A few pundits pointed to yesterday’s rally in the stock market as a sign the government shutdown was not a big deal, but the fact that the markets priced in that there would be no last minute deal Monday night and did not have a panic sell-off does not mean there is no damage.
We pointed out the contingency plan of the Commodity Futures Trading Commission (CFTC) and how that had to be replicated by countless government agencies. That could cause a problem, and the mere fact that many of these agencies had to spend time devising such plans is an inefficient use of their time. Time we will pay for. Yesterday the CME Group pointed out one potential impact on some of their agricultural markets and today temporarily suspended the calculation and distribution of the CME Lean Hog and Feeder Cattle Indexes due to the unavailability of relevant data reported by the USDA-AMS.
Some of those pundits have even made the argument that the last shutdown, 17 years ago, resulted in some positive change like welfare reform and a balanced budget. I will let others argue that case but this is significantly different than the mid-1990s as Speaker of the House Newt Gingrich and President Bill Clinton where arguing over a budget. That is different than Congress refusing to pass a continuing budget resolution unless it can defund or delay a program that has already been passed into law.
As I mentioned in an interview with the Street.com yesterday, if the shutdown is resolved quickly it may not have a huge impact on the markets but it certainly will affect the economic numbers for the month of October if 800,000 people are out of work even for a few days. And we also are talking reputational damage. The United States does not look good in the eyes of the world when we have to shut down certain aspects of our government.
I know there are people out there who do not believe the rest of the world matters but they are wrong. We trade with the rest of the world; the rest of the world buys a considerable amount of our debt, and the rest of the world sees our currency as a safe haven. The dollar is not a safe haven just because we are America, but because we have proven to meet our obligations over the years.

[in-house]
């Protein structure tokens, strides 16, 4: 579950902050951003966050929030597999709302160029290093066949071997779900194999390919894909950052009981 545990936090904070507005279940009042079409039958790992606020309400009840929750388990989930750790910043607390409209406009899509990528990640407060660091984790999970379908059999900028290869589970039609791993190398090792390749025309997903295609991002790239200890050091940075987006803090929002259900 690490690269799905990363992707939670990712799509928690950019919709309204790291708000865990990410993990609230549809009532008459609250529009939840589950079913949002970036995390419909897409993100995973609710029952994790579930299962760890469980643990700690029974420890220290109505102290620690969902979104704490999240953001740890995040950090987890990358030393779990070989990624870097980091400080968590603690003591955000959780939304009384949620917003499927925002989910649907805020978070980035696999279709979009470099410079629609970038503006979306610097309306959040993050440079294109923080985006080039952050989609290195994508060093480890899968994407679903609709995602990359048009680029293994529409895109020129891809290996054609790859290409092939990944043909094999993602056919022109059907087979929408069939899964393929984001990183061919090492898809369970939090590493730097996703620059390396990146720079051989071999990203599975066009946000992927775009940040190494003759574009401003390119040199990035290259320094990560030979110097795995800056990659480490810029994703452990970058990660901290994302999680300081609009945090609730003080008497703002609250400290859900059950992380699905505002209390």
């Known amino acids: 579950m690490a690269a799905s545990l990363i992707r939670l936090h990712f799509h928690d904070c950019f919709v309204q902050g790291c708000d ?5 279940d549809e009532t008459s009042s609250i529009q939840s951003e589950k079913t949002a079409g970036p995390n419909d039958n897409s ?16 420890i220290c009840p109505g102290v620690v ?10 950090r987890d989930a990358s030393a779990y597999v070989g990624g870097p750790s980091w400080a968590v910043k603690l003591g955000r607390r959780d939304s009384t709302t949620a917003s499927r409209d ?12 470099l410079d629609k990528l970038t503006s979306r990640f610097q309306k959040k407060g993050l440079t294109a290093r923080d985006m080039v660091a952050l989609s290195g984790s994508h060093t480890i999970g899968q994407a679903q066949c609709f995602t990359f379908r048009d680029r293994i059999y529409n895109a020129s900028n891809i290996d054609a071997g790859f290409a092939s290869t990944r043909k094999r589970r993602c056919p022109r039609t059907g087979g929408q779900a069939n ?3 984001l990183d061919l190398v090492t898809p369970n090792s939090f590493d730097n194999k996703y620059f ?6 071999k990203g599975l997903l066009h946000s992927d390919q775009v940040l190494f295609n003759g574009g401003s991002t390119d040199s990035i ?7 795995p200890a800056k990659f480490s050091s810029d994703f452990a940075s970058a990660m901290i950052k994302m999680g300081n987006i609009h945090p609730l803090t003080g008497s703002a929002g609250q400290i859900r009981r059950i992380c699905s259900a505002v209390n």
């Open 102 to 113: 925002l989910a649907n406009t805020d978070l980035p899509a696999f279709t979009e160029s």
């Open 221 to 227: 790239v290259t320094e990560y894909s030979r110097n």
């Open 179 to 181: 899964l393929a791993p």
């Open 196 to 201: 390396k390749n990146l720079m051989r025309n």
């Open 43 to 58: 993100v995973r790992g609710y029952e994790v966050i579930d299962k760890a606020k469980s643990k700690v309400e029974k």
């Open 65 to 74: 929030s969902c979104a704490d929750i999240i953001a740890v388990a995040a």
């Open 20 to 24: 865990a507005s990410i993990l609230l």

This brings us to a potential larger problem. The big fight ahead, which really shouldn’t be a fight at all, will be over the debt ceiling. I pointed out two years ago in the futuresmag.com blog that despite a resolution to the debt limit debate, damage was done. CME Group increased margins in some financial products and increased the size of the haircut given to certain collateral users post as margin. While the CME was careful not to directly tie this to the debt limit debate saying it was based on a “normal review of market volatility,” that market volatility was certainly affected by even a slight possibility of a default.
The increased margins and haircuts meant capital that could have been used for other purposes was tied up. So it did have a negative impact on economic activity.
If Congress decides to play chicken with the debt ceiling again it could cause lasting damage on the U.S. economy. We noted how it could affect the U.S. dollar’s status as the world’s reserve currency.
This was a hot topic last year but most experts agreed that the dollar will remain the world’s reserve currency for several decades even with our current economic problems.
One expert, however, had a different take. Gold guru Jim Sinclair pointed out in an interview 18 months ago that the dollar has moved from a reserve currency of choice to a reserve currency by default and although its status as the world’s reserve currency will not change for some time, it is already becoming less important.
Sinclair said, “The dollar isn’t going to be replaced; [it] always will be there, but as far as a settlement currency; weekly, almost daily, you see the dollar mechanism for settlement being replaced by other currencies.”
He added, “There is a serendipitous but huge demand factor that a reserve currency enjoys as the settlement mechanism for international contracts. … Part of that demand factor will be going away as a result of utilization of other currencies.”
So reserve currency status is not a yes or no proposition, it can be a matter of degree. The dollar can lose a great deal of influence as a settlement mechanism and harm the Federal Reserve’s flexibility without being replaced.
A protracted battle over the debt ceiling that causes some institutions and governments to at least plan for a potential default scenario could push them to look for more alternative settlement mechanisms. This would lessen demand for dollars.